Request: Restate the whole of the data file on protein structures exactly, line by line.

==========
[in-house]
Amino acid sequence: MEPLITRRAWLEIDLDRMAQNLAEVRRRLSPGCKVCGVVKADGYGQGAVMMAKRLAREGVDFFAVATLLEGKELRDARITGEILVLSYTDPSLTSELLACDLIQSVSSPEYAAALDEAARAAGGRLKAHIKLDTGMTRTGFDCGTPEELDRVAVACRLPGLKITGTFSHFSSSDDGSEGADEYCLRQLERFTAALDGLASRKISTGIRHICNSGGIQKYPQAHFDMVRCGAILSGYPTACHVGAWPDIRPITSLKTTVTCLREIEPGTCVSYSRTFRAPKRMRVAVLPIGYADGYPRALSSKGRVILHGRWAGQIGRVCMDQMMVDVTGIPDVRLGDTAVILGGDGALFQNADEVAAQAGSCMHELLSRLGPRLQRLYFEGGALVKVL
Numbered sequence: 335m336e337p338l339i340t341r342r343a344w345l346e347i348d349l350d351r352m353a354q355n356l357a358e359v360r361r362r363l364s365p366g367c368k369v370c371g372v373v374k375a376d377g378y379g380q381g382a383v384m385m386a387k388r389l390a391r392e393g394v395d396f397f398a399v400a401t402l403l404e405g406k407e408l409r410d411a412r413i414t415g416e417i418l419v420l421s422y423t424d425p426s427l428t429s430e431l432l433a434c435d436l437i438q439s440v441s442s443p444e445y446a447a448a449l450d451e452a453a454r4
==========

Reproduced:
[in-house]
Amino acid sequence: MEPLITRRAWLEIDLDRMAQNLAEVRRRLSPGCKVCGVVKADGYGQGAVMMAKRLAREGVDFFAVATLLEGKELRDARITGEILVLSYTDPSLTSELLACDLIQSVSSPEYAAALDEAARAAGGRLKAHIKLDTGMTRTGFDCGTPEELDRVAVACRLPGLKITGTFSHFSSSDDGSEGADEYCLRQLERFTAALDGLASRKISTGIRHICNSGGIQKYPQAHFDMVRCGAILSGYPTACHVGAWPDIRPITSLKTTVTCLREIEPGTCVSYSRTFRAPKRMRVAVLPIGYADGYPRALSSKGRVILHGRWAGQIGRVCMDQMMVDVTGIPDVRLGDTAVILGGDGALFQNADEVAAQAGSCMHELLSRLGPRLQRLYFEGGALVKVL
Numbered sequence: 335m336e337p338l339i340t341r342r343a344w345l346e347i348d349l350d351r352m353a354q355n356l357a358e359v360r361r362r363l364s365p366g367c368k369v370c371g372v373v374k375a376d377g378y379g380q381g382a383v384m385m386a387k388r389l390a391r392e393g394v395d396f397f398a399v400a401t402l403l404e405g406k407e408l409r410d411a412r413i414t415g416e417i418l419v420l421s422y423t424d425p426s427l428t429s430e431l432l433a434c435d436l437i438q439s440v441s442s443p444e445y446a447a448a449l450d451e452a453a454r4